LA: At first we were nervous about using an architect without low income housing tax credit experience, but our contractor had done tax credit projects before and had been through compliance. There’s a ton of paperwork, and it can be overwhelming the first time you go through it.
I think the billing is more complicated than other projects you have worked on, Andrew?
LA: Though I thought it would be a bigger hurdle to get over in terms of meeting all of the requirements related to the tax credit program, we didn’t really have problems with that.
Now, Moss will have to do another tax credit project because you have developed this expertise.
Columns: When ACTION came to you and you knew the context from the PACMP did that get you excited about participating in this project?
AM: Yes, it is cool to have a project that is a follow up to another project that you’ve done in the past. When we did the PACMP this was one of 10 key sites that were identified as being important for the overall redevelopment of Penn Avenue, and even of those, this was one of the top three that was most important.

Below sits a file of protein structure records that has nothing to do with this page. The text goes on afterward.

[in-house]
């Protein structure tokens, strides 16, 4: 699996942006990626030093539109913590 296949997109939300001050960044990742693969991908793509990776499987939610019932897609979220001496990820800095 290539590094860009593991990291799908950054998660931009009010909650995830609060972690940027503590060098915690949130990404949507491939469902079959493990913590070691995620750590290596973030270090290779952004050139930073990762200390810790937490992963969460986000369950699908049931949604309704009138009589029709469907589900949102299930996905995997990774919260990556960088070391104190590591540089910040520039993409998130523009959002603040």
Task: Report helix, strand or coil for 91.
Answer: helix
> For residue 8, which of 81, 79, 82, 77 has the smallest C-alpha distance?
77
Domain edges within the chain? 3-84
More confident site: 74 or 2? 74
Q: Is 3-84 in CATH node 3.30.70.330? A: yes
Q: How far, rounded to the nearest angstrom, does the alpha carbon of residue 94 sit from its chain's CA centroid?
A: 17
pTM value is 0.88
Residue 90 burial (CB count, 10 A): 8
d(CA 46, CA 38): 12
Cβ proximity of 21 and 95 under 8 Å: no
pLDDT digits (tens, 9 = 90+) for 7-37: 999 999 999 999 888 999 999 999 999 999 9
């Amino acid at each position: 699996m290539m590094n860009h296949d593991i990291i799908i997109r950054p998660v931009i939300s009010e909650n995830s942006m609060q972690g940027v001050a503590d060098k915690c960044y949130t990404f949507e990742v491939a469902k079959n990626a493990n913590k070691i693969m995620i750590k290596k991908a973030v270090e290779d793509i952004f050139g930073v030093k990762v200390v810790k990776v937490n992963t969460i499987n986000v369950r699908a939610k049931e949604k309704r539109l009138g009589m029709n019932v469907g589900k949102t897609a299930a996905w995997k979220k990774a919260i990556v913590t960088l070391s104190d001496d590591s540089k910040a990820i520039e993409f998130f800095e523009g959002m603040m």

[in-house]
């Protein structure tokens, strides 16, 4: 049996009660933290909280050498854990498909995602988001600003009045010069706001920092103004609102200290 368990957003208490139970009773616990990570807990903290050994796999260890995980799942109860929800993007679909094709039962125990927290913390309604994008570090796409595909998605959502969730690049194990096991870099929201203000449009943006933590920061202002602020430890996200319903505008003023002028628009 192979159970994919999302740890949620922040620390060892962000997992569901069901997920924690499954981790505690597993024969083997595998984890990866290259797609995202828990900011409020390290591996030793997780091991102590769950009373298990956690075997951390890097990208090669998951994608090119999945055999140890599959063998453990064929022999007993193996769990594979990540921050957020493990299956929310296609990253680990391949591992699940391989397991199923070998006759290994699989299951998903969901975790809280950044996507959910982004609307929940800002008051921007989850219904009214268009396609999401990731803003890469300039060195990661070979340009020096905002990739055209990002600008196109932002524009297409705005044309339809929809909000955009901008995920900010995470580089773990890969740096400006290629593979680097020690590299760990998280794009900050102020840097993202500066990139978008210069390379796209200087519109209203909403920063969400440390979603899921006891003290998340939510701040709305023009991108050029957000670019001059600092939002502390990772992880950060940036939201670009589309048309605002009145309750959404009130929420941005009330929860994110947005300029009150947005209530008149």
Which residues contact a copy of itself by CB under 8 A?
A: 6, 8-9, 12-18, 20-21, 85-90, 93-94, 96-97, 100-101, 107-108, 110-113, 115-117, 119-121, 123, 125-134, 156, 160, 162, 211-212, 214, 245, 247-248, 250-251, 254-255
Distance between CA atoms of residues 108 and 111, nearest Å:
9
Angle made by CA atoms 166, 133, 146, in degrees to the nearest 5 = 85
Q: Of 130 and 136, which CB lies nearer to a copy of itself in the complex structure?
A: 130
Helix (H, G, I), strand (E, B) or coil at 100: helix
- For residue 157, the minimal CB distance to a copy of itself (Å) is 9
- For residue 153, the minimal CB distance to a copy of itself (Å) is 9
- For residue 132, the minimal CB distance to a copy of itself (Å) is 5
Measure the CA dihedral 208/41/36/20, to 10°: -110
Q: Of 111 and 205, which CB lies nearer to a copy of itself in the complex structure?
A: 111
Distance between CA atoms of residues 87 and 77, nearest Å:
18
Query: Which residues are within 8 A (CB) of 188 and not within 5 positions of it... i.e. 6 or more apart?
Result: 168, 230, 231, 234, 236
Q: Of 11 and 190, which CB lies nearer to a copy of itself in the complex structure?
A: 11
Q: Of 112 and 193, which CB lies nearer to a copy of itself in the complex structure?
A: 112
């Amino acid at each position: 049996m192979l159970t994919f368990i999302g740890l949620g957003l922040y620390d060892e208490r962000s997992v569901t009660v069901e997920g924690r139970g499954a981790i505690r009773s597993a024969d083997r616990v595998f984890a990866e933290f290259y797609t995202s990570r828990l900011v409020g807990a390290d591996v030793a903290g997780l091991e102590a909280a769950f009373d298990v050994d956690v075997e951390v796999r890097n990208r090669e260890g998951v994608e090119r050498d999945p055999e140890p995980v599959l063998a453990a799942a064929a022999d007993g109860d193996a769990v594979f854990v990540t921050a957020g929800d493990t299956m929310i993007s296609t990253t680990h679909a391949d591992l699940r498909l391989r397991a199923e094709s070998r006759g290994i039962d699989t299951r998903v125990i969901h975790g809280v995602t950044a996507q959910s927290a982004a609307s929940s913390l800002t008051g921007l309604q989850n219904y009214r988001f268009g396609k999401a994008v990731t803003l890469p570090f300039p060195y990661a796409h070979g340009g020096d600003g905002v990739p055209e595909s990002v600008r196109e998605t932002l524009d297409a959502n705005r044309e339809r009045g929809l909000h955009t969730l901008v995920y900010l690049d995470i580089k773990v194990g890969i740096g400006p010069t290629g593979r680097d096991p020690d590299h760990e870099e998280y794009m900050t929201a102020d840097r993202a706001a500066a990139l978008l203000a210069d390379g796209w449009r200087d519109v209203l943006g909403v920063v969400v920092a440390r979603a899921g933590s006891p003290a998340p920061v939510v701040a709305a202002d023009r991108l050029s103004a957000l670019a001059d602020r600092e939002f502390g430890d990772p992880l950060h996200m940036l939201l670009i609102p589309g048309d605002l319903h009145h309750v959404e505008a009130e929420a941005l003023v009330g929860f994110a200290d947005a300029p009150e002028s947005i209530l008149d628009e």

It was a shared priority between ourselves and Action-Housing that this site had to have a strong commercial storefront to help reinforce the growing Penn Avenue commercial district. We wanted this building to reinforce the commercial context.
It was important to us that the building had a strong architectural corner to it. It is only a three story building, so we were limited with what we could do massing-wise. But we still wanted to articulate that corner and for it to be a strong architectural element of the building, to subtly create that gateway to the Penn Avenue arts district.
Here is one of the early renderings that we did, and really … it looks like that! (laughing)
LA: A lot of people have told me that it feels like it was always there – like it goes along with the other buildings on Penn Avenue. This is what we intended to do.
Columns: So I know that site sat for a long time. How did it come on your radar and how it you acquire it?